As we enter the summer months, we must all remain aware of how the weather can affect us and our horses. US Equestrian has received questions from across the country on the rising temperatures and excessive heat, and when it is safe for a horse to compete.

A 'heat index' graphic.To provide guidance to members and competitions, US Equestrian is providing this information graphic that contains content provided by the American Association of Equine Practitioners (AAEP). For this graphic, the term “Heat Index” is the combined total of the temperature (in degrees Fahrenheit) and the humidity. (Ed.: note that this is quite different than the formula used by the National Weather Service to calculate the actual Heat Index)

  • If the total is below 130 (approx. 54.5C), you can enjoy the competition.
  • When the number falls between 130 and 150 (approx 65.5C), you should begin to monitor for potential signs of heat stress.
  • When the number falls between 150 and 180 (approx. 82C), it is critical to monitor for signs of heat stress.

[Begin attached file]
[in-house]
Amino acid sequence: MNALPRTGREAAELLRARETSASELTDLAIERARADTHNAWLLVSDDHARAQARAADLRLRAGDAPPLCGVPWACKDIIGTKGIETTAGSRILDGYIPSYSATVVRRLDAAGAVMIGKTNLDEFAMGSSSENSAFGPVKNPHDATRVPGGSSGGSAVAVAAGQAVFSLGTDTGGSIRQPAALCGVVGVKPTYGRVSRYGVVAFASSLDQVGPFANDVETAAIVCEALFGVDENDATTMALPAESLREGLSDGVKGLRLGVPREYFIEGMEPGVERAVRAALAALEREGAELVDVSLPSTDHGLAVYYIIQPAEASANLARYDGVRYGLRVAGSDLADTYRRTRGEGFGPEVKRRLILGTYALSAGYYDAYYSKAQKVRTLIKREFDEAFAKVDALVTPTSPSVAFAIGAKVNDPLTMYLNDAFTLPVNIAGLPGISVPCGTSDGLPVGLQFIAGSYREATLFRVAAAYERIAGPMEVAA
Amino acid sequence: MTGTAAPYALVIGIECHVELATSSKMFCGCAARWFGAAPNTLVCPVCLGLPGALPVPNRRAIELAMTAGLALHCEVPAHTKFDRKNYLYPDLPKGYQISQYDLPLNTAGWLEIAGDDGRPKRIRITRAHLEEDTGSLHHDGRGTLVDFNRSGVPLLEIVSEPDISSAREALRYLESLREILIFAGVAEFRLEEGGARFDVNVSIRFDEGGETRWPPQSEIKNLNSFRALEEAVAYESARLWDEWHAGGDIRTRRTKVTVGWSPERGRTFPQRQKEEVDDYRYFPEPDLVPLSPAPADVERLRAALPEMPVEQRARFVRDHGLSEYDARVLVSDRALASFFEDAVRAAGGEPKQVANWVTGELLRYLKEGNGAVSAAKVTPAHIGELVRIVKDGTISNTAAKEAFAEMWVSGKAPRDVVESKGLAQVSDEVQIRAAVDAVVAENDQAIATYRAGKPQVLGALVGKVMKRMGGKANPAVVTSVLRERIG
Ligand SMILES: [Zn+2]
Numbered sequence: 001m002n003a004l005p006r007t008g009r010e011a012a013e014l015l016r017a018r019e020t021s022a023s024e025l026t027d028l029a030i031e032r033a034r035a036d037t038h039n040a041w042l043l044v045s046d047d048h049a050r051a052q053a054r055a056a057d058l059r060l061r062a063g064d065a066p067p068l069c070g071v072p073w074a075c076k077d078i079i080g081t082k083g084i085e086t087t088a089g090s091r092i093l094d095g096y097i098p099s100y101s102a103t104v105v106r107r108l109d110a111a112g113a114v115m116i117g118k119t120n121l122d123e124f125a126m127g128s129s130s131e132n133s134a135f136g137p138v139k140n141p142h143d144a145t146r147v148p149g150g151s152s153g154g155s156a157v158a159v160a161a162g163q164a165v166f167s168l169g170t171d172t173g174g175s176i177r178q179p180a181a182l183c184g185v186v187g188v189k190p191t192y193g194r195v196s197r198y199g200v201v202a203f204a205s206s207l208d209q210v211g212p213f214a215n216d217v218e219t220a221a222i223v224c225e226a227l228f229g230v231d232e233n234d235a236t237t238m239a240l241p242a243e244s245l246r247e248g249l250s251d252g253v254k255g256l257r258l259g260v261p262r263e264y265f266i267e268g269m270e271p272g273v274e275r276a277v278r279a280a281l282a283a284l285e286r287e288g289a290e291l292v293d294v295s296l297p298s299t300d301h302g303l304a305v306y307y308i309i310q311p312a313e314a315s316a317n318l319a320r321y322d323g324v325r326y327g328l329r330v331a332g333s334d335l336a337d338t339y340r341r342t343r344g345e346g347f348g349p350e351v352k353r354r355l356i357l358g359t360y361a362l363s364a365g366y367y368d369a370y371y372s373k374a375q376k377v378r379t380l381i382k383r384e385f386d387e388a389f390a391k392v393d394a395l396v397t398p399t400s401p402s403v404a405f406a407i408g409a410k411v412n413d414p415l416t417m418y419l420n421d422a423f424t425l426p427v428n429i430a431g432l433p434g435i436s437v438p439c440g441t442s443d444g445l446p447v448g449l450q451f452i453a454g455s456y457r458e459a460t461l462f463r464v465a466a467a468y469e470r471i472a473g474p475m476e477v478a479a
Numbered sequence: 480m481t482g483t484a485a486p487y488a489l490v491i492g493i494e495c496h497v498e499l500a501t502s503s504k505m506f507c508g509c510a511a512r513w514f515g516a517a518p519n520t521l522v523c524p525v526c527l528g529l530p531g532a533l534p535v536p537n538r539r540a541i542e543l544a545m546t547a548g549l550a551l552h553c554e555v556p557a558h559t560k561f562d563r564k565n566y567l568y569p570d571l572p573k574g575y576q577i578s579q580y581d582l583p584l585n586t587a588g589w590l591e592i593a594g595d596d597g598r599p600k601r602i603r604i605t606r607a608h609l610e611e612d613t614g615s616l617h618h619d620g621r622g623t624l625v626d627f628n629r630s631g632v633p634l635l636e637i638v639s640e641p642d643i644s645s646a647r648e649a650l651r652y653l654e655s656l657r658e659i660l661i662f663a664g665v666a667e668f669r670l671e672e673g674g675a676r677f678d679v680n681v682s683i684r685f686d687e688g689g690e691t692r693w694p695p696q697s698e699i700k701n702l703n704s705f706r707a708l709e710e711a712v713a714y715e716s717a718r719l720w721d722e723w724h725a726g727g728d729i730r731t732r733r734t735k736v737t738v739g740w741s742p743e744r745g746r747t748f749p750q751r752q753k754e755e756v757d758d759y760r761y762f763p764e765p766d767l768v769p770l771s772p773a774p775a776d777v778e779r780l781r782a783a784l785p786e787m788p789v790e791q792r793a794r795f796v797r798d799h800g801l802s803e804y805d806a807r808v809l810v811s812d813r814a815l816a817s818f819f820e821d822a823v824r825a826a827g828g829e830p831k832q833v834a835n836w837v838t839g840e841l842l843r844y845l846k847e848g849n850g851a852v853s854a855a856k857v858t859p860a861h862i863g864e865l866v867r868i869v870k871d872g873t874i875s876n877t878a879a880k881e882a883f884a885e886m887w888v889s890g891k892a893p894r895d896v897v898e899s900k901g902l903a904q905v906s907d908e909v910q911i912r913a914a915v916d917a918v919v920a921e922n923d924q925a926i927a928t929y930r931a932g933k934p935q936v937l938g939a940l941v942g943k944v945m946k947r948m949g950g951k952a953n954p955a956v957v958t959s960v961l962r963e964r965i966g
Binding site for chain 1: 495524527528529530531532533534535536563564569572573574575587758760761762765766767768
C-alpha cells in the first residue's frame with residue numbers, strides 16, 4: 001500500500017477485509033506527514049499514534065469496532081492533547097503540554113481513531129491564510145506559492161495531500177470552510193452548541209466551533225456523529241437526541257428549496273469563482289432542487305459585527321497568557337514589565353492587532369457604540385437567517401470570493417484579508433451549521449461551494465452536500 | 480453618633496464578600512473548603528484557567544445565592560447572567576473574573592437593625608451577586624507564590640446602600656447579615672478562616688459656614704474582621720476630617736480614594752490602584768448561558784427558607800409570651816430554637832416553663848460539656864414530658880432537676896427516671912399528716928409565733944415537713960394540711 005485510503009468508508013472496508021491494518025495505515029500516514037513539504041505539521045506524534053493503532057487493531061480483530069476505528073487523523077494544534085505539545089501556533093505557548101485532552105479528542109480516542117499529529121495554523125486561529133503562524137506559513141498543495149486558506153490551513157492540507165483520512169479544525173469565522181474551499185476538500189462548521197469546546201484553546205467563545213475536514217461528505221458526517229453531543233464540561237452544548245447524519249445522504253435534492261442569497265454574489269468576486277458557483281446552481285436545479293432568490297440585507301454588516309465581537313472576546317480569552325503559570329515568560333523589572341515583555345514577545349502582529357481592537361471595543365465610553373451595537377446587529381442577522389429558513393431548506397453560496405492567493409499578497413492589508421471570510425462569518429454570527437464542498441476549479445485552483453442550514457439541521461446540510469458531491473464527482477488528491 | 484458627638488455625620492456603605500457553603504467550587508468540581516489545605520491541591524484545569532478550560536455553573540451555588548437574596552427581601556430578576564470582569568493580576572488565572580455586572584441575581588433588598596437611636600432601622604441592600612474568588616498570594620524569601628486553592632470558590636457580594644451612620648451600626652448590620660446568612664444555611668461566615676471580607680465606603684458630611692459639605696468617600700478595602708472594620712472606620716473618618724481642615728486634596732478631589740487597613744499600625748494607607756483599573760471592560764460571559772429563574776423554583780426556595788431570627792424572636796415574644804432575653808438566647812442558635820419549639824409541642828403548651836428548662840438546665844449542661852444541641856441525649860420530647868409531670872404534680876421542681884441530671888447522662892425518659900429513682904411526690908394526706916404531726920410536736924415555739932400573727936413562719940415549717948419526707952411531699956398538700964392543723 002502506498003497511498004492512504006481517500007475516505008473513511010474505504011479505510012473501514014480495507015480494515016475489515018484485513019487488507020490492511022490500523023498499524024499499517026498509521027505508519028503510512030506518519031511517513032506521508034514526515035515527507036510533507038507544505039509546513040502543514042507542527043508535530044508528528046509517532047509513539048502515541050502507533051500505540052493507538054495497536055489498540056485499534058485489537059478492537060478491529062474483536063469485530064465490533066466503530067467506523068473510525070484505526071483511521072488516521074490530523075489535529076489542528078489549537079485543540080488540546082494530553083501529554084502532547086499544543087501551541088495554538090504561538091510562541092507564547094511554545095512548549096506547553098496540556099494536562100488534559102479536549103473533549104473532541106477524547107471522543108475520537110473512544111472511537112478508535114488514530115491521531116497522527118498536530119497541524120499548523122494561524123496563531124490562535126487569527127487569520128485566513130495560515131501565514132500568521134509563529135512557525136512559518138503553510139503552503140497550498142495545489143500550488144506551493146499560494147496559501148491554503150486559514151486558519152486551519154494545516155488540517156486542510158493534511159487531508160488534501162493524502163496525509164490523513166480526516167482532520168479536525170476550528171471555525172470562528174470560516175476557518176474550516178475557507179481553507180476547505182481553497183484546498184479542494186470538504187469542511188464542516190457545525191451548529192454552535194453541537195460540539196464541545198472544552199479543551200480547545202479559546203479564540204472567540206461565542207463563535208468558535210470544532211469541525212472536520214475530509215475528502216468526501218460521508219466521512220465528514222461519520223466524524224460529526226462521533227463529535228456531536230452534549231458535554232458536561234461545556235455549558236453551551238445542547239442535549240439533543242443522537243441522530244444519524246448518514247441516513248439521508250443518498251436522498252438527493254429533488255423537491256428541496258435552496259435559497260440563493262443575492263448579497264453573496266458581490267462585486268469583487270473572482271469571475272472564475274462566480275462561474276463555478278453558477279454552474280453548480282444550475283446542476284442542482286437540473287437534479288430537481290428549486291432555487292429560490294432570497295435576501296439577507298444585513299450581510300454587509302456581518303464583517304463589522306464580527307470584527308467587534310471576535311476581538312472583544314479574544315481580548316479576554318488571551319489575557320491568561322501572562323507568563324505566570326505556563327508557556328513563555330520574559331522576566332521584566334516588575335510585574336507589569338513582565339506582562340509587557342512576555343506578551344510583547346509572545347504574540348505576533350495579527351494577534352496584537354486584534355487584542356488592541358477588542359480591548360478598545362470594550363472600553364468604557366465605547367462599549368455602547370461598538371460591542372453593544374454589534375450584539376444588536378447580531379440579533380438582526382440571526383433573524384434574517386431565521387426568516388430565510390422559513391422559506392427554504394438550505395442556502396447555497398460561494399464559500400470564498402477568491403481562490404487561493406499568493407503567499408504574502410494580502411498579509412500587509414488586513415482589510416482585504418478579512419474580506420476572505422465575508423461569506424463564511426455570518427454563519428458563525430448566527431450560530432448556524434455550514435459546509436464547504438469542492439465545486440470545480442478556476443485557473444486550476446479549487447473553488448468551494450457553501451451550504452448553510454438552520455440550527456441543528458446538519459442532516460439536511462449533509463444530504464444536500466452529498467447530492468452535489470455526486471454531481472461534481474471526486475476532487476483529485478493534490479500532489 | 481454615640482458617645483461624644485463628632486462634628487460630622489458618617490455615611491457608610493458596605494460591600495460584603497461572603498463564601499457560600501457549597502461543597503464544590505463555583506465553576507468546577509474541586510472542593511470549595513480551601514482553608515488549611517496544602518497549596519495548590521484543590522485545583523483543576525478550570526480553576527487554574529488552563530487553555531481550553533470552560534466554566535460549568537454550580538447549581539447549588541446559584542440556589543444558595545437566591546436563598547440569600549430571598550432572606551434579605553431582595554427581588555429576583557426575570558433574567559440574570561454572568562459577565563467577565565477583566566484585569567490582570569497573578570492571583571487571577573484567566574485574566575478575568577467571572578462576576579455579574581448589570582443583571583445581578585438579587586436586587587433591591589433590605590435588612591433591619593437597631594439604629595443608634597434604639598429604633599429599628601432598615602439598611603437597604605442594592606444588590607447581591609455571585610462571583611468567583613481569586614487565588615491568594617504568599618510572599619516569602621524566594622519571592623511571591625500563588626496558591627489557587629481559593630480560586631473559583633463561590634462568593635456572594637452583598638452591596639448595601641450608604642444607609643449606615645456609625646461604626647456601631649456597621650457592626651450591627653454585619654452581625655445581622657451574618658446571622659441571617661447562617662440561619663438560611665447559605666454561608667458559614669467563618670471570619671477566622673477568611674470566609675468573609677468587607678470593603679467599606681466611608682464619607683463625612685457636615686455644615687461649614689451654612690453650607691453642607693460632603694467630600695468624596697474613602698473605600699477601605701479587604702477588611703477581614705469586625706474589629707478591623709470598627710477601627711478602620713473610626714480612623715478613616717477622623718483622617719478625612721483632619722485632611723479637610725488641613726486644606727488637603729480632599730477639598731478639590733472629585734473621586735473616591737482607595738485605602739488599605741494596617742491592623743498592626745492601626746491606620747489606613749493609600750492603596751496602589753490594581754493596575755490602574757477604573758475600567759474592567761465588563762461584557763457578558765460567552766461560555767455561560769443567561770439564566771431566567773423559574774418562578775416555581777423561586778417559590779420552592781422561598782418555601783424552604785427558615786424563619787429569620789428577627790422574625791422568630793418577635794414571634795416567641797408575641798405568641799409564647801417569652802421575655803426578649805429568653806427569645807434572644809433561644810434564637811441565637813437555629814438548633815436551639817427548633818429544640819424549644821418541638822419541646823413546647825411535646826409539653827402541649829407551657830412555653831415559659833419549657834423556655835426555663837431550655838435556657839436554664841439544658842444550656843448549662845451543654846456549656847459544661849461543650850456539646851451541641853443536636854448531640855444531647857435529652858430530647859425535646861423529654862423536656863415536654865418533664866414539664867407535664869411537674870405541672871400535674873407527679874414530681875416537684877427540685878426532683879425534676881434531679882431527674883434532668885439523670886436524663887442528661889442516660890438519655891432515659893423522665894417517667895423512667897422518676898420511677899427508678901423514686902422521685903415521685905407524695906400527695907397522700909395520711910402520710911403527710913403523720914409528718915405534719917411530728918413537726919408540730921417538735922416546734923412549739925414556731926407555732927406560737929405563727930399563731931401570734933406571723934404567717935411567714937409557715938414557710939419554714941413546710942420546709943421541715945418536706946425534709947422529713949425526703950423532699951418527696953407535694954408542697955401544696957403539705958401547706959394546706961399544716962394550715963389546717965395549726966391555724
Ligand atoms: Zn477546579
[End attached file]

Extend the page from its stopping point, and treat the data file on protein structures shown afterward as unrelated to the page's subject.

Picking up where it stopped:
• If the number is above 180, US Equestrian encourages considering alternative competition times.

To be clear, there is no rule set forth on when to compete or not compete in relation to the heat; however, Dr. Katie Flynn, US Equestrian’s Senior Staff Veterinarian for Equine Health & Biosecurity, has compiled an important list of factors to consider during the summer months.

Quick Tips from Dr. Katie Flynn

Monitor – Monitor horse and human athlete health in hot weather.
Stay Hydrated – It is important that human and horse athletes remain hydrated and stay cool in the shade or in area with fans, when possible.

Heat Stress Signs in a Horse

  • Elevated temperature (105-107 °F)
  • Rapid breathing
  • Rapid pulse
  • Stumbling or weakness
  • Dry skin
  • Dehydration

IMPORTANT NOTE – An overheated horse should be cooled off with cool water, provided fluids for rehydration and placed in the shade or in an area where there is a breeze or fan. If a horse is not back to normal within an hour or signs worsen, contact a veterinarian.

Competition Management – Continually monitor temperature and relative humidity at the event grounds. If the temperature combined with the relative humidity is greater than 180, we recommend cancelling the event for that day or rescheduling classes to early mornings and/or later in the evenings when temperatures and humidity may be lower.

IMPORTANT NOTE: The heat index can vary from location to location and at different times during the day, so it is important to consistently check the temperature and humidity for your location.